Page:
How to Develop Central Ideas for a Speech

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The best speech is simple, with a clear message and supporting points. Whether you are giving a persuasive speech, a political speech or an entertaining speech, you can benefit from knowing your central ideas and focusing on them. Developing central ideas requires outlining your thoughts and finding your message. Once you have done that, the supporting topics will come easily.

  • Write down your target audience, the purpose of your speech and what you want the audience to learn. Your target audience might be married women, the purpose of your speech might be "how to have a healthy marriage", and you might want them to learn tips on sustaining a marriage.

  • Brainstorm a list of your possible points. Look through your list to find one main idea, message or thesis statement for your speech. For a speech on marriage, your main message might be, "Aa marriage takes hard work."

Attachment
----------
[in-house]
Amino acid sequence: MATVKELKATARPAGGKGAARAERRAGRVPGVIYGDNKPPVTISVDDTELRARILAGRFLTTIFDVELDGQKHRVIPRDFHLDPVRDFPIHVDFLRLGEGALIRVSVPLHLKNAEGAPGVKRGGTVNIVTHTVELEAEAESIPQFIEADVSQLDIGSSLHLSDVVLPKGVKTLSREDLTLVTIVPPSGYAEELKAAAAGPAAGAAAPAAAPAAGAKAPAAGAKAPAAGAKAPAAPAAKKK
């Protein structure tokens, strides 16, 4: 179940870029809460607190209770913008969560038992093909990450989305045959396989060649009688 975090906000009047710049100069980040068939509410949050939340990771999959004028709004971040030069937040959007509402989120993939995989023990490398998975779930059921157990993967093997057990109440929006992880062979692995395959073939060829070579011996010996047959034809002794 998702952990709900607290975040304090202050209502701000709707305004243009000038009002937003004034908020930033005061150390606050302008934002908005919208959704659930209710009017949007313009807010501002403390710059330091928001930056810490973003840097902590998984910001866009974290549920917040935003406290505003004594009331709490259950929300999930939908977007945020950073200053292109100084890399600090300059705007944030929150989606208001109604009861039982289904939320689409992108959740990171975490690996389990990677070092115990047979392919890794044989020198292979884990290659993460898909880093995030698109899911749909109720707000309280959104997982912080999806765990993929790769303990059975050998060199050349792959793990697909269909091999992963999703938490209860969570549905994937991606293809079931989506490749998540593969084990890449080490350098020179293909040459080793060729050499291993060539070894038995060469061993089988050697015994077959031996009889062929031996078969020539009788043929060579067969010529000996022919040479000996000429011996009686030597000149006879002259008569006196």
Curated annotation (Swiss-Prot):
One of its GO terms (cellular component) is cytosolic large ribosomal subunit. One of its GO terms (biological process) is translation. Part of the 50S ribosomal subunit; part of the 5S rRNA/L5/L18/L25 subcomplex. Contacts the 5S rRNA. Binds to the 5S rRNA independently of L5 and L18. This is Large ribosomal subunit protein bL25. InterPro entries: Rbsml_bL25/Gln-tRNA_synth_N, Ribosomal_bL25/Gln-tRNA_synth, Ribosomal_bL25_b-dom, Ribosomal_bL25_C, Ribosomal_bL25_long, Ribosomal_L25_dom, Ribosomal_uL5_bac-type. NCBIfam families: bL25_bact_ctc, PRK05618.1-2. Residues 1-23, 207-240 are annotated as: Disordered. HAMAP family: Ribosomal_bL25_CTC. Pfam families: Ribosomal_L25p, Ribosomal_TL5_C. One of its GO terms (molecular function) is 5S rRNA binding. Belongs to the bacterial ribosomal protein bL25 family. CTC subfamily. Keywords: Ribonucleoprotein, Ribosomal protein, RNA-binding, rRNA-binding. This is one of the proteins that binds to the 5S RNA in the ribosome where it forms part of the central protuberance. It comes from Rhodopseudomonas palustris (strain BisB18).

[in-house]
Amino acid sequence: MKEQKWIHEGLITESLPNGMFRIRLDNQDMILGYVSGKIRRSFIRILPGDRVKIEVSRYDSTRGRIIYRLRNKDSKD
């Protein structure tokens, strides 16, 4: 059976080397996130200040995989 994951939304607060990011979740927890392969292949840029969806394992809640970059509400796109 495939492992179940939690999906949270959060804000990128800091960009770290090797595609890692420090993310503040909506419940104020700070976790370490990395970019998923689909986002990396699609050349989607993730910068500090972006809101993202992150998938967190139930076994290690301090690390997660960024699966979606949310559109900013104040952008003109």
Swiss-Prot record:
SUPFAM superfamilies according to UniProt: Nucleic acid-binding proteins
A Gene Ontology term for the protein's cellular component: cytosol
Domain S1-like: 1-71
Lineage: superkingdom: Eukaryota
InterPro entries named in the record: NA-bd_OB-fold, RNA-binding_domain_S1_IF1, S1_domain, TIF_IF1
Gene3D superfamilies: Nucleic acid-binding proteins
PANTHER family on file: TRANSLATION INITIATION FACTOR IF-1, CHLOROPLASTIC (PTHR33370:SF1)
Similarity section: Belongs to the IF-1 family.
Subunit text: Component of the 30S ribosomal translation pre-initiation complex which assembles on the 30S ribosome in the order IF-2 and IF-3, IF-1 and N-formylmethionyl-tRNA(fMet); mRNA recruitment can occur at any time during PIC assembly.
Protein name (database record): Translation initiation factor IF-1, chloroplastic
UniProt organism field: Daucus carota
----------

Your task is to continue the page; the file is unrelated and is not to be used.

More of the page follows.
• Write that one idea in a sentence. Make sure it is specific. An example of a specific sentence might be, "Sustaining a healthy marriage takes patience, understanding, and perseverance."

  • Write down three points that support your main idea. Your three points could be, "A marriage takes patience," "A marriage takes understanding" and "A marriage takes perseverance."

  • Write an introduction and an explanation for each point. Provide evidence that each point is true or untrue. For the point, "A marriage takes patience," you might introduce the topic with a story of how impatience had consequences, then add quotes about how patience is important to a relationship.

Tips & Warnings

  • To combat the jitters, make a thorough outline of all your points.

References

  • Photo Credit Jupiterimages/Goodshoot/Getty Images
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